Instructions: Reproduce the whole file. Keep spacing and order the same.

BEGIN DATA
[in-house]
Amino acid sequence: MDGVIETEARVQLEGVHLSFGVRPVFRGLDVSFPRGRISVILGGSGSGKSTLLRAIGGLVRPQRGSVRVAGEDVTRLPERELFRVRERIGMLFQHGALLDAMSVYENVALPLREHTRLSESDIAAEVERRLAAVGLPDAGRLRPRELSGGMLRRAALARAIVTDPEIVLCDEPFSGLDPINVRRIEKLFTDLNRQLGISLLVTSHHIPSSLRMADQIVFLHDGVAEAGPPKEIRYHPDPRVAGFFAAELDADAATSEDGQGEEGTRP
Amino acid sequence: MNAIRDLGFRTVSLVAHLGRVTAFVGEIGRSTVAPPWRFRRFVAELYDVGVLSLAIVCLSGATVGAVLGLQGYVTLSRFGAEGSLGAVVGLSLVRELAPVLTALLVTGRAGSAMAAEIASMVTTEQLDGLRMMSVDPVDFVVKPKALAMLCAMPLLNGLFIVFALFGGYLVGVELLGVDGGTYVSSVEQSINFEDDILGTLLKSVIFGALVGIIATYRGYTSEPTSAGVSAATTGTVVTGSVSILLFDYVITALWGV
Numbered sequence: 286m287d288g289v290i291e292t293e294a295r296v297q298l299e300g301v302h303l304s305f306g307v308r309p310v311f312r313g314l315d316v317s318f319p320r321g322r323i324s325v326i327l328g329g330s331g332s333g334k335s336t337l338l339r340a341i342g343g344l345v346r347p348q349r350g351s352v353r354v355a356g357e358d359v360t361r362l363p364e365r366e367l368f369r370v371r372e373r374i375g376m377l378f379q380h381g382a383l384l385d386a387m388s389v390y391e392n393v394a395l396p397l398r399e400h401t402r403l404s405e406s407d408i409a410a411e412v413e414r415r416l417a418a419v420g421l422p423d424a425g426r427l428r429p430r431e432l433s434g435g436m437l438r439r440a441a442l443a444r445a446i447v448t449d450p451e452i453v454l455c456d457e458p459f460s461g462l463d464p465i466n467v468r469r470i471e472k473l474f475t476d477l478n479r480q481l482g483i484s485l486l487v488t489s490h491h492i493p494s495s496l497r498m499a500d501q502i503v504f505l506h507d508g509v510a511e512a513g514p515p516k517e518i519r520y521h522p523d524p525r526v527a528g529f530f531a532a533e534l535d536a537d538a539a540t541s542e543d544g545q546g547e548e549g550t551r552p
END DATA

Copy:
[in-house]
Amino acid sequence: MDGVIETEARVQLEGVHLSFGVRPVFRGLDVSFPRGRISVILGGSGSGKSTLLRAIGGLVRPQRGSVRVAGEDVTRLPERELFRVRERIGMLFQHGALLDAMSVYENVALPLREHTRLSESDIAAEVERRLAAVGLPDAGRLRPRELSGGMLRRAALARAIVTDPEIVLCDEPFSGLDPINVRRIEKLFTDLNRQLGISLLVTSHHIPSSLRMADQIVFLHDGVAEAGPPKEIRYHPDPRVAGFFAAELDADAATSEDGQGEEGTRP
Amino acid sequence: MNAIRDLGFRTVSLVAHLGRVTAFVGEIGRSTVAPPWRFRRFVAELYDVGVLSLAIVCLSGATVGAVLGLQGYVTLSRFGAEGSLGAVVGLSLVRELAPVLTALLVTGRAGSAMAAEIASMVTTEQLDGLRMMSVDPVDFVVKPKALAMLCAMPLLNGLFIVFALFGGYLVGVELLGVDGGTYVSSVEQSINFEDDILGTLLKSVIFGALVGIIATYRGYTSEPTSAGVSAATTGTVVTGSVSILLFDYVITALWGV
Numbered sequence: 286m287d288g289v290i291e292t293e294a295r296v297q298l299e300g301v302h303l304s305f306g307v308r309p310v311f312r313g314l315d316v317s318f319p320r321g322r323i324s325v326i327l328g329g330s331g332s333g334k335s336t337l338l339r340a341i342g343g344l345v346r347p348q349r350g351s352v353r354v355a356g357e358d359v360t361r362l363p364e365r366e367l368f369r370v371r372e373r374i375g376m377l378f379q380h381g382a383l384l385d386a387m388s389v390y391e392n393v394a395l396p397l398r399e400h401t402r403l404s405e406s407d408i409a410a411e412v413e414r415r416l417a418a419v420g421l422p423d424a425g426r427l428r429p430r431e432l433s434g435g436m437l438r439r440a441a442l443a444r445a446i447v448t449d450p451e452i453v454l455c456d457e458p459f460s461g462l463d464p465i466n467v468r469r470i471e472k473l474f475t476d477l478n479r480q481l482g483i484s485l486l487v488t489s490h491h492i493p494s495s496l497r498m499a500d501q502i503v504f505l506h507d508g509v510a511e512a513g514p515p516k517e518i519r520y521h522p523d524p525r526v527a528g529f530f531a532a533e534l535d536a537d538a539a540t541s542e543d544g545q546g547e548e549g550t551r552p